Health and Violent Conflict: The Role of Health in Building Peace

BY WOSSEN KIFLE** | 07.09.2011

  • Introduction

In the war zones of contemporary intrastate conflicts, the health of the population is severely affected by the accompanying humanitarian crises and complex problems, which often result in excessive morbidity and mortality amongst civilians. The primary causes of these are direct killing, injuries and the disruption of economic and social systems that lead to food shortage, infectious disease, damage to health facilities and to the forced mass displacement of the population.

health_violent_conflictHealth is not only adversely affected by conflict, it is also inextricably linked to peace, human security and development. Good health enables people to exercise their choice, pursue social opportunities and plan for the future. In contrast, illness, avoidable death and health inequality resulting from violent conflict create enormous grief and lead to economic and other development catastrophes, and insecurity at the individual and collective community levels (Commission for Human Security 2003).

In the midst of many conflicts, the health sector has played a significant role in humanitarian responses to complex emergencies, contributing to the protection of life and alleviation of human suffering (Arya 2007). There is also a growing awareness that health sector initiatives have the potential to make meaningful contributions to building trust, cooperation and sustainable peace in conflict regions. Addressing the health needs that lie behind some of the root causes of conflict can help to alleviate the symptoms.

This article evaluates the role of health in peacebuilding, analysing post-Taliban health interventions in Afghanistan as a case study. It argues that the health sector has actors, potential resources and unique characteristics that can be used for peacebuilding. Moreover, health intervention in a post-conflict environment can improve government legitimacy and serve as a overriding goal to create opportunities for conflict resolution or reconciliation, which can contribute to sustainable peacebuilding.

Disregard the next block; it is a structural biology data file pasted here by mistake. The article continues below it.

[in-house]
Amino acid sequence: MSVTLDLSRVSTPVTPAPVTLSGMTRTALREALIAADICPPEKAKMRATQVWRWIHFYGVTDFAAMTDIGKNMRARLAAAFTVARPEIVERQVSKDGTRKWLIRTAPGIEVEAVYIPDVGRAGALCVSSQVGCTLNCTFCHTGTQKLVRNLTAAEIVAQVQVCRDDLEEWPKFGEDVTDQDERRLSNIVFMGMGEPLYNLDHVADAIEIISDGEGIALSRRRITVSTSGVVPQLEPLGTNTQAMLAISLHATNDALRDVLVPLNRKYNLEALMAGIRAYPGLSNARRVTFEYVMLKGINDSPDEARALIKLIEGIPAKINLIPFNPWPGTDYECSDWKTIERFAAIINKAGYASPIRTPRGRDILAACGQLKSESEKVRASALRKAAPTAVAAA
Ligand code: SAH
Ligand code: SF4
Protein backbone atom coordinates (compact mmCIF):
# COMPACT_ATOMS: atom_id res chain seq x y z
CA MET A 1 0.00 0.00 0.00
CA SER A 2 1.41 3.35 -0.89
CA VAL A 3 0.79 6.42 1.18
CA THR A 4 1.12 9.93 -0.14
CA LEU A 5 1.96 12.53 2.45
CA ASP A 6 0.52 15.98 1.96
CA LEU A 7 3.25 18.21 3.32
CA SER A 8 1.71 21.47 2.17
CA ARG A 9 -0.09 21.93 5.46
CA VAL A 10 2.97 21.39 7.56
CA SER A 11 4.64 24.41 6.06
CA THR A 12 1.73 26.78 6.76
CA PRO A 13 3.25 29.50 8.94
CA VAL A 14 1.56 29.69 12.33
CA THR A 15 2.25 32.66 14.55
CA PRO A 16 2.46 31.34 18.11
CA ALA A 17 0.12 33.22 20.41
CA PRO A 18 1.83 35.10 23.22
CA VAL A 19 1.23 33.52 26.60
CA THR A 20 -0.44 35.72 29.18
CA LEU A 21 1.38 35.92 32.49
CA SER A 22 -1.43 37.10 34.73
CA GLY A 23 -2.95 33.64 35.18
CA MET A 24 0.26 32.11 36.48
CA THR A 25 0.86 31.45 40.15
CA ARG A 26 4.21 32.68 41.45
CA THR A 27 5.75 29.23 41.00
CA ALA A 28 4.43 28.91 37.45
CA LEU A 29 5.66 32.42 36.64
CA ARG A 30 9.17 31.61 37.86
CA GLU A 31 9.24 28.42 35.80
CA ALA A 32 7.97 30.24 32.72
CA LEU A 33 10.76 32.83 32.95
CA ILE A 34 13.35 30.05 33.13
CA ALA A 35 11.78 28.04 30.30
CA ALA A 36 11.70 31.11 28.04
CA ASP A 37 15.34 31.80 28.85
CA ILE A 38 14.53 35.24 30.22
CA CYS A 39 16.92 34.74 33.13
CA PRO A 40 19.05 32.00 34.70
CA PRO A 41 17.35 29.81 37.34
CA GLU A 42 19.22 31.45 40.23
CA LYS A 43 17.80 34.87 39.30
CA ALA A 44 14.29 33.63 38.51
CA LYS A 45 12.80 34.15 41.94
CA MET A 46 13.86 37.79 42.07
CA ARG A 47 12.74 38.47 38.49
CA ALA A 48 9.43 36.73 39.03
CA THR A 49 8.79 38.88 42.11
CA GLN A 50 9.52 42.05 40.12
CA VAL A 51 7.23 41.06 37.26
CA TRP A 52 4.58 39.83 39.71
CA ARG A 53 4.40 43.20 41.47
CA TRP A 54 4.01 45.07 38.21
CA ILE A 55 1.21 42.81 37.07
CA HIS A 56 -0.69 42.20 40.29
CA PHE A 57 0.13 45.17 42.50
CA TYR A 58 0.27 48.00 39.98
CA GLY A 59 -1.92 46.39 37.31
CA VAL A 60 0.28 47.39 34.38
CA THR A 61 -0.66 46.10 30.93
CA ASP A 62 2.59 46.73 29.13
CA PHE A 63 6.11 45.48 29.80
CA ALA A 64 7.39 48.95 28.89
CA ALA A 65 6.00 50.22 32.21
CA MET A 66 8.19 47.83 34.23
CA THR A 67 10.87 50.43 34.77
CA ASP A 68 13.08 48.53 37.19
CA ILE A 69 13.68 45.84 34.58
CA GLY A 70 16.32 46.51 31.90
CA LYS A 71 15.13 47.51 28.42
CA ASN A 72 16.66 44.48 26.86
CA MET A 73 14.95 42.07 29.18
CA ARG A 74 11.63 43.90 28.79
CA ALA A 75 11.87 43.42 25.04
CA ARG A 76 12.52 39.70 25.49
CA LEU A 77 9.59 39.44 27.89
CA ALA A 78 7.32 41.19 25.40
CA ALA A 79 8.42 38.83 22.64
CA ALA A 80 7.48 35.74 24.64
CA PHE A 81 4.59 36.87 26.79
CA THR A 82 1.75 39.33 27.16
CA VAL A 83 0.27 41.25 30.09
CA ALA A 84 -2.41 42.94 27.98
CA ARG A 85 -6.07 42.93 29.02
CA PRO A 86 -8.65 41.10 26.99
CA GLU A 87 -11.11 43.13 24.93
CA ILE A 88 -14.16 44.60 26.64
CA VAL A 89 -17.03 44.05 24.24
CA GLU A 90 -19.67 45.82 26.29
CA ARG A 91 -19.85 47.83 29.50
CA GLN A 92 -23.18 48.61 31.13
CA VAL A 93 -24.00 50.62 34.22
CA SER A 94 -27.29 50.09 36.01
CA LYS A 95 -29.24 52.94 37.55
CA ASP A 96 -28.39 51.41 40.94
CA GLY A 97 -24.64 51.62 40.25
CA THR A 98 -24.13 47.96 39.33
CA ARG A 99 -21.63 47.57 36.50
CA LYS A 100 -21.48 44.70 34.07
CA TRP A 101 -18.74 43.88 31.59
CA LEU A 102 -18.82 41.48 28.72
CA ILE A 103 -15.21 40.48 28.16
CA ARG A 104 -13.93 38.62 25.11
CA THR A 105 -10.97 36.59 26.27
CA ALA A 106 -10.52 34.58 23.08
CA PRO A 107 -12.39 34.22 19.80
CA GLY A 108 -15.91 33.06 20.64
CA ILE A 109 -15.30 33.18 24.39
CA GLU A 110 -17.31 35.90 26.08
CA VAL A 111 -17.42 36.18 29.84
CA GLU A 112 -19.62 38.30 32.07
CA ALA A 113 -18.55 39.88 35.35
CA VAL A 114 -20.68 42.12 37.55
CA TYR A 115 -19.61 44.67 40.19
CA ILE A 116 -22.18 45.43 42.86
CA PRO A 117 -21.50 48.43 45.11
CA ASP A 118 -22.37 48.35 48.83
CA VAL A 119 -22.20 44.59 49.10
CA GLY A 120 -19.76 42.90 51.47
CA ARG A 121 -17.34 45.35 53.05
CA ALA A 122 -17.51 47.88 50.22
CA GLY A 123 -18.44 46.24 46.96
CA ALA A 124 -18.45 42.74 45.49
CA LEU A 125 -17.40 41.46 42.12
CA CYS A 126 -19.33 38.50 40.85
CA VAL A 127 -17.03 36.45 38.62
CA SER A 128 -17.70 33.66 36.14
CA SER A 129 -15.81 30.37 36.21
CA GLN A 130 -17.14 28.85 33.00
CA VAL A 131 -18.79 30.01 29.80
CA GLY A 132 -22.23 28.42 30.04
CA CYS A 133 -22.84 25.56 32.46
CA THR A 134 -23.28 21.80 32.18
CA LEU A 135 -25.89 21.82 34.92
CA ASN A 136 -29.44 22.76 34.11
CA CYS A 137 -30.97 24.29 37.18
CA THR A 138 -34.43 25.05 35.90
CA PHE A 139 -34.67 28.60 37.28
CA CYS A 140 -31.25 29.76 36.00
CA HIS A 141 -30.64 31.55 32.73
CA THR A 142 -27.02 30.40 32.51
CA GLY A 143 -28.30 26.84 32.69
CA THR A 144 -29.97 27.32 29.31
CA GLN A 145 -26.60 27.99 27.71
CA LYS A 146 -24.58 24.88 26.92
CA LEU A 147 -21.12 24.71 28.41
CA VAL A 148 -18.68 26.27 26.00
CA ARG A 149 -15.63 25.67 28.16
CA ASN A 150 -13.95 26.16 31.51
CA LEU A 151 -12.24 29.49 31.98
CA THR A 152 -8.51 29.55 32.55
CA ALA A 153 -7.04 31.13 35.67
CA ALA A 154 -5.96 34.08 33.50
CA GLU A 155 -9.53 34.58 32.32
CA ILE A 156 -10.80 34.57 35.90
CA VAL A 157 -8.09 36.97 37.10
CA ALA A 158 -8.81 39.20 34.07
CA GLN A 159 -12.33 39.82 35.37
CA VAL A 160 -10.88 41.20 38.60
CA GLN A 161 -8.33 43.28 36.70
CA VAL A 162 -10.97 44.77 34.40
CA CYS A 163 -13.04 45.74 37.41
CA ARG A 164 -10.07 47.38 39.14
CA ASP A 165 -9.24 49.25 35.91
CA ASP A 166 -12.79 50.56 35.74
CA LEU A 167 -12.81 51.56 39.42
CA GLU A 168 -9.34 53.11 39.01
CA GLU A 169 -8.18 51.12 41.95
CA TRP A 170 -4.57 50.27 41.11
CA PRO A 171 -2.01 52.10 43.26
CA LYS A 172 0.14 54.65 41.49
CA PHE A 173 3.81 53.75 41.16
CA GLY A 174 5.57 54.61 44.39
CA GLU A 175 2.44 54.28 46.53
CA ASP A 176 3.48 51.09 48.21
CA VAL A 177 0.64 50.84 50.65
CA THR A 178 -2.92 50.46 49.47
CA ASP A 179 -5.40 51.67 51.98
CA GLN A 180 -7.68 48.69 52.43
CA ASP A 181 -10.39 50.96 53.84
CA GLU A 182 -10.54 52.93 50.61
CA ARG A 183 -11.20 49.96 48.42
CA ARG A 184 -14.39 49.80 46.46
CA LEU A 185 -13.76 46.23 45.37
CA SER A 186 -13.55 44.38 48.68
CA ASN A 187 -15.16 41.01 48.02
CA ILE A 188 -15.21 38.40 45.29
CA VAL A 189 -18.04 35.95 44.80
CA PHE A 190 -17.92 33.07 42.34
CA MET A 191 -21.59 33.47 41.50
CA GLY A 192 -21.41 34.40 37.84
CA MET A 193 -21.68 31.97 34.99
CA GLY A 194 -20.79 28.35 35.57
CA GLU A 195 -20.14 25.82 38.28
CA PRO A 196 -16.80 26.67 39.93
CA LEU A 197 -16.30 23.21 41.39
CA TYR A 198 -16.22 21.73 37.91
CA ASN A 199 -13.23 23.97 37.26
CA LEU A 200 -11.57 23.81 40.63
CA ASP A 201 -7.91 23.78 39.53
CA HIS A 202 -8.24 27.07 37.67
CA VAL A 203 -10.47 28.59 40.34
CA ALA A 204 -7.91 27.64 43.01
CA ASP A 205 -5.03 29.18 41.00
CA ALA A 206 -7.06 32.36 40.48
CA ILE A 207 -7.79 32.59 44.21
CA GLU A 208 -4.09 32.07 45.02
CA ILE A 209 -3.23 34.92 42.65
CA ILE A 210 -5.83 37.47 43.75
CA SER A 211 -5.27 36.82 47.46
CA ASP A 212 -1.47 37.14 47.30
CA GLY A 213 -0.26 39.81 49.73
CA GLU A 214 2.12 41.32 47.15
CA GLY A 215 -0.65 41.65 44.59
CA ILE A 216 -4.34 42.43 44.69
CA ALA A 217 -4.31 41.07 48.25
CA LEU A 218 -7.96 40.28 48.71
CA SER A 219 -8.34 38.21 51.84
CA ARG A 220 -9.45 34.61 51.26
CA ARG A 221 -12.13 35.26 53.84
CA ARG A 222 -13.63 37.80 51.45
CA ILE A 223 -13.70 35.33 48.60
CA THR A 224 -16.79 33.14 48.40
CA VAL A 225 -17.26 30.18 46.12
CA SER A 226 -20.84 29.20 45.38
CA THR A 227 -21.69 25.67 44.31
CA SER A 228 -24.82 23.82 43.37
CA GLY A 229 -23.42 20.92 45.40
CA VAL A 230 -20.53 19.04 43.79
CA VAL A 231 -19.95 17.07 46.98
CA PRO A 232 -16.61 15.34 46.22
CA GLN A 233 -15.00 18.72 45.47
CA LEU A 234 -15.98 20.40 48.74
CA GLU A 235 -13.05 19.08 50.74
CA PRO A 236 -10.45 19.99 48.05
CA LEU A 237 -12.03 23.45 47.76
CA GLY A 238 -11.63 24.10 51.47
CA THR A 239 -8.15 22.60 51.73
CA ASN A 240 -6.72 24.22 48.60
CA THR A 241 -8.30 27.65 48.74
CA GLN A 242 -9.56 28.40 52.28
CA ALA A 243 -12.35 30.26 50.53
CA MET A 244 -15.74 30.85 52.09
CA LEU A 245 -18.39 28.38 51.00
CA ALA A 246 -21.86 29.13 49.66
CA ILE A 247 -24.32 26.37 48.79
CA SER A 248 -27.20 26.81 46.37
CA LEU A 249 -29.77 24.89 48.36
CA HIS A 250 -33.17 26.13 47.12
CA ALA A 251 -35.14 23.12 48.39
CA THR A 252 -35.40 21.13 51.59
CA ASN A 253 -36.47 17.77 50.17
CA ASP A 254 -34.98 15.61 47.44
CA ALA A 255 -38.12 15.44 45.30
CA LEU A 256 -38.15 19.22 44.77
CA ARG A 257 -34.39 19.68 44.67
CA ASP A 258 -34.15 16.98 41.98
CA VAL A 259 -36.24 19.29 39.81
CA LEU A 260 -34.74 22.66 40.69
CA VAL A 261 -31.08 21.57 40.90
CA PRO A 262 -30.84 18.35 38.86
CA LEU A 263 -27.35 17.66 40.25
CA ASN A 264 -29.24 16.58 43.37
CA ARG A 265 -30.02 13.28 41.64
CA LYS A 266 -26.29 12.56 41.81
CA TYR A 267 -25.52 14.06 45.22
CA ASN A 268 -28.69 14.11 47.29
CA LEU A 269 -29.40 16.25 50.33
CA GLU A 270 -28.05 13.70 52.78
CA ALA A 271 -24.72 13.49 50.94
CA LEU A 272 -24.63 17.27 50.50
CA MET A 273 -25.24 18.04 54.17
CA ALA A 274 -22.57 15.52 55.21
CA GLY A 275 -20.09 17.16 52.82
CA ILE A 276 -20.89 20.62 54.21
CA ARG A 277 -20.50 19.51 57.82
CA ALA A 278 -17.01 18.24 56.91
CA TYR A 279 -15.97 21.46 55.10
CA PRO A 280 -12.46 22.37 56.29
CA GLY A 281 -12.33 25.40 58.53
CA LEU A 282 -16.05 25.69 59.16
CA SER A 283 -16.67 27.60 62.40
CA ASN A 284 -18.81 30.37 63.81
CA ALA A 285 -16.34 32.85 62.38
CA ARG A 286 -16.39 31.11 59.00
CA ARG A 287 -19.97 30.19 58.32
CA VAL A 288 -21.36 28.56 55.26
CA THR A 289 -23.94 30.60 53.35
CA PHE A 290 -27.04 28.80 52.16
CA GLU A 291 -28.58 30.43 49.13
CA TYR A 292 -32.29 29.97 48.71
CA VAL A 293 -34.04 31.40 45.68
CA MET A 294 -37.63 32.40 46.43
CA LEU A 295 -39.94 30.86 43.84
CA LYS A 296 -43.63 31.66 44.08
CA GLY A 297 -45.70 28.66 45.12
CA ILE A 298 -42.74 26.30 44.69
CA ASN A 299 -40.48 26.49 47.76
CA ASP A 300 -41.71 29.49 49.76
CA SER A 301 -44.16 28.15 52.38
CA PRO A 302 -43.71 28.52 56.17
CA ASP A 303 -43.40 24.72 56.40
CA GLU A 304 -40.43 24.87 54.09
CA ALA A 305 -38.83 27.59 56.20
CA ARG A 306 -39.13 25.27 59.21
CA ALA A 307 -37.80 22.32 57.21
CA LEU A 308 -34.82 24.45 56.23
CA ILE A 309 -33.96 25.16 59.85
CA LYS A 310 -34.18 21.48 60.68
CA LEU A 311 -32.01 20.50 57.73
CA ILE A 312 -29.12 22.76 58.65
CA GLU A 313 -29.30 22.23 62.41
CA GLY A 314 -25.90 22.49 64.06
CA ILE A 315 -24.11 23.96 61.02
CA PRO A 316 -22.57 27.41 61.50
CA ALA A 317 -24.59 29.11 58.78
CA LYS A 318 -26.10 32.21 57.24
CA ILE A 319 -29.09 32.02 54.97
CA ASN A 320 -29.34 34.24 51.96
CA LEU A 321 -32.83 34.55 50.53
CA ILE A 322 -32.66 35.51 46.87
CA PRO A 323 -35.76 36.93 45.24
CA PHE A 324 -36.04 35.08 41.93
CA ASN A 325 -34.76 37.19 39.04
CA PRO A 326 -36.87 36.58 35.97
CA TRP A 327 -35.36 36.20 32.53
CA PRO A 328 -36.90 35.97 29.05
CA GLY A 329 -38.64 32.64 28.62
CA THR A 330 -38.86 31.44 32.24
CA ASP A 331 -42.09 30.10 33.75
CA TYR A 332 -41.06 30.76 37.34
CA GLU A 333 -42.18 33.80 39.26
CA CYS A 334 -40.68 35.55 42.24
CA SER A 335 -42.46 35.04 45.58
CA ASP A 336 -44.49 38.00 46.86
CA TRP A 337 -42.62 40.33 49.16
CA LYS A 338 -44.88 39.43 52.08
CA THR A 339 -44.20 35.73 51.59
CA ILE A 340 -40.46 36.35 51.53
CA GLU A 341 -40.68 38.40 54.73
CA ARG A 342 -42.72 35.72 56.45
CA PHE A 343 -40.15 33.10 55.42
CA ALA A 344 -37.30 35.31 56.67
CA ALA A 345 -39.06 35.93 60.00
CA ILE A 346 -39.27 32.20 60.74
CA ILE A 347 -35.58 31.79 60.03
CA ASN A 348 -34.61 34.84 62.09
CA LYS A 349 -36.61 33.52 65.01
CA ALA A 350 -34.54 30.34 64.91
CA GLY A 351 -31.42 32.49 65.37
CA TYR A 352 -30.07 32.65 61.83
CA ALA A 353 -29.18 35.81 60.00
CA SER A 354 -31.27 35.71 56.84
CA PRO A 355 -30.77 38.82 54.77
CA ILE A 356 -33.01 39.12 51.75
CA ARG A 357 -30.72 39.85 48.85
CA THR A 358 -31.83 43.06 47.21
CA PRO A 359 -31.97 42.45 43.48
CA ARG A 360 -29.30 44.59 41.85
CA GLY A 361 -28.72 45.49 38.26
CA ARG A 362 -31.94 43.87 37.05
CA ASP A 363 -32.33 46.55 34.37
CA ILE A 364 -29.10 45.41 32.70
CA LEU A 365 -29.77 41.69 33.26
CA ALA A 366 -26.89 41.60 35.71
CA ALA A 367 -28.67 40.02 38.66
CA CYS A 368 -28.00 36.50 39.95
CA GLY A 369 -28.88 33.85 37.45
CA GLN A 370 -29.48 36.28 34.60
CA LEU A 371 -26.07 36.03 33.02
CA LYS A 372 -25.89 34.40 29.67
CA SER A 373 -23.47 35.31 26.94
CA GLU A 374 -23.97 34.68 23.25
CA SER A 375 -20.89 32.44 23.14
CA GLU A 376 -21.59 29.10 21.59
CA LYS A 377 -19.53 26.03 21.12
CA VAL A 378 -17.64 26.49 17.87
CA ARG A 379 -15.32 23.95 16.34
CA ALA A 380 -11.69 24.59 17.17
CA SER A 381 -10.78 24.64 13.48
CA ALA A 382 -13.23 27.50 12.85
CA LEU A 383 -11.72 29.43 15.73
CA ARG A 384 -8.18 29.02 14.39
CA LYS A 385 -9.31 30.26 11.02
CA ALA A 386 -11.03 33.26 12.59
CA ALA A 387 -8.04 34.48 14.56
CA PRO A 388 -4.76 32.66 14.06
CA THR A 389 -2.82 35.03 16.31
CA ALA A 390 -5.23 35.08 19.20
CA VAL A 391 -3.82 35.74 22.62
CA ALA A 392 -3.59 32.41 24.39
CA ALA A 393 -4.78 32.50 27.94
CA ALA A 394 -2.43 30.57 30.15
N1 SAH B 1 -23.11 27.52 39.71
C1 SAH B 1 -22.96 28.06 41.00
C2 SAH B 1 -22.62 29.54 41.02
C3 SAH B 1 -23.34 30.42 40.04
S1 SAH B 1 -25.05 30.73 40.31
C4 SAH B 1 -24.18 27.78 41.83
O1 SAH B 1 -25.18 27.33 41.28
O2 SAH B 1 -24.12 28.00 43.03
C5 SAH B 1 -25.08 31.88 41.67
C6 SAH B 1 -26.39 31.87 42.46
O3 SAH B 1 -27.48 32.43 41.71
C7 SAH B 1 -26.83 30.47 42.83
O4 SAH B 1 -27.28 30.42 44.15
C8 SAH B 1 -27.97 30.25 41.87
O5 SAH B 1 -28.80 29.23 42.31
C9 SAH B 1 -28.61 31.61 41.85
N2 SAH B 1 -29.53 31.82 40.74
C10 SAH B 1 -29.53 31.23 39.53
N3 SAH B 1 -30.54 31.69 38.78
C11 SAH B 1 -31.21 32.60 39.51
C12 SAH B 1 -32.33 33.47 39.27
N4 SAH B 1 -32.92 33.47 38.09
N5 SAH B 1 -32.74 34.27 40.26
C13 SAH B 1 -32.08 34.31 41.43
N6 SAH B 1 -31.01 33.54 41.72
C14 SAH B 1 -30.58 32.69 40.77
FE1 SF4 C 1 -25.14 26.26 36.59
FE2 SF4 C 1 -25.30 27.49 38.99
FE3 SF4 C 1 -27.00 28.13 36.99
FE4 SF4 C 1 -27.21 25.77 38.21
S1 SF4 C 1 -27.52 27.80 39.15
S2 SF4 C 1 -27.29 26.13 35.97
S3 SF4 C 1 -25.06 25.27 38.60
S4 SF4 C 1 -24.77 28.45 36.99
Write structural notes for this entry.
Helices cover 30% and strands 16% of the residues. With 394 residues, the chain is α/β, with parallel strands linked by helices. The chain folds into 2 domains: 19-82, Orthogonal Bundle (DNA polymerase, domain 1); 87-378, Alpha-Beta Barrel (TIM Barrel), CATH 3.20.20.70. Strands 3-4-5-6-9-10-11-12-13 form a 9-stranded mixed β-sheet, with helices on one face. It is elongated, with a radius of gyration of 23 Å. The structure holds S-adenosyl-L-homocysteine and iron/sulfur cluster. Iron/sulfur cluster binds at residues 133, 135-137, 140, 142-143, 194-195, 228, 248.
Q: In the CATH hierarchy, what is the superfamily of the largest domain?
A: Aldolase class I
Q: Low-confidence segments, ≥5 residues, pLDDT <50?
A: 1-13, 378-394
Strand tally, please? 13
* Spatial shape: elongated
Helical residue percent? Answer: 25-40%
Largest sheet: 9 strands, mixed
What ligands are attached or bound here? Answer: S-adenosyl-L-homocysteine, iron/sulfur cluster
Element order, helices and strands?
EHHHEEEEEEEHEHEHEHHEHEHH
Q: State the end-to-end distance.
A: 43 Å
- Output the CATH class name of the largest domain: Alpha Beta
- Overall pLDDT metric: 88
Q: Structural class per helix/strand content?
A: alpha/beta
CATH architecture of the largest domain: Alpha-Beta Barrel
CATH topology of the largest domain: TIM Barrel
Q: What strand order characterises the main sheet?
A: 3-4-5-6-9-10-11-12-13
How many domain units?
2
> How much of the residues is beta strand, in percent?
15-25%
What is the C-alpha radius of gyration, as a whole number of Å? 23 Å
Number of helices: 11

This article will highlight the impacts of the conflict in Afghanistan on health, and will examine post-war health intervention attempts to address the health problems in Afghanistan. Next, the rational behind the role of health for peace will be discussed, enabling post-war health interventions in Afghanistan to be analysed through a ‘peace lens’ in line with the pre-existing assumption of the role of health in peacebuilding.

Afghanistan is selected as a case study for two reasons. Firstly, the nature of the Afghan conflict has some similarities to complex conflicts going on elsewhere in the world. Secondly, multi-type and multi-level health sector actors are participating in Afghanistan post-war health sector reconstruction. Both these reasons offer the opportunity for lessons to be learnt by others; they also mean that Afghanistan is a useful environment in which to assess the role of the health sector in peacebuilding, and to help understand the challenges.

  • Brief Overview of the Conflict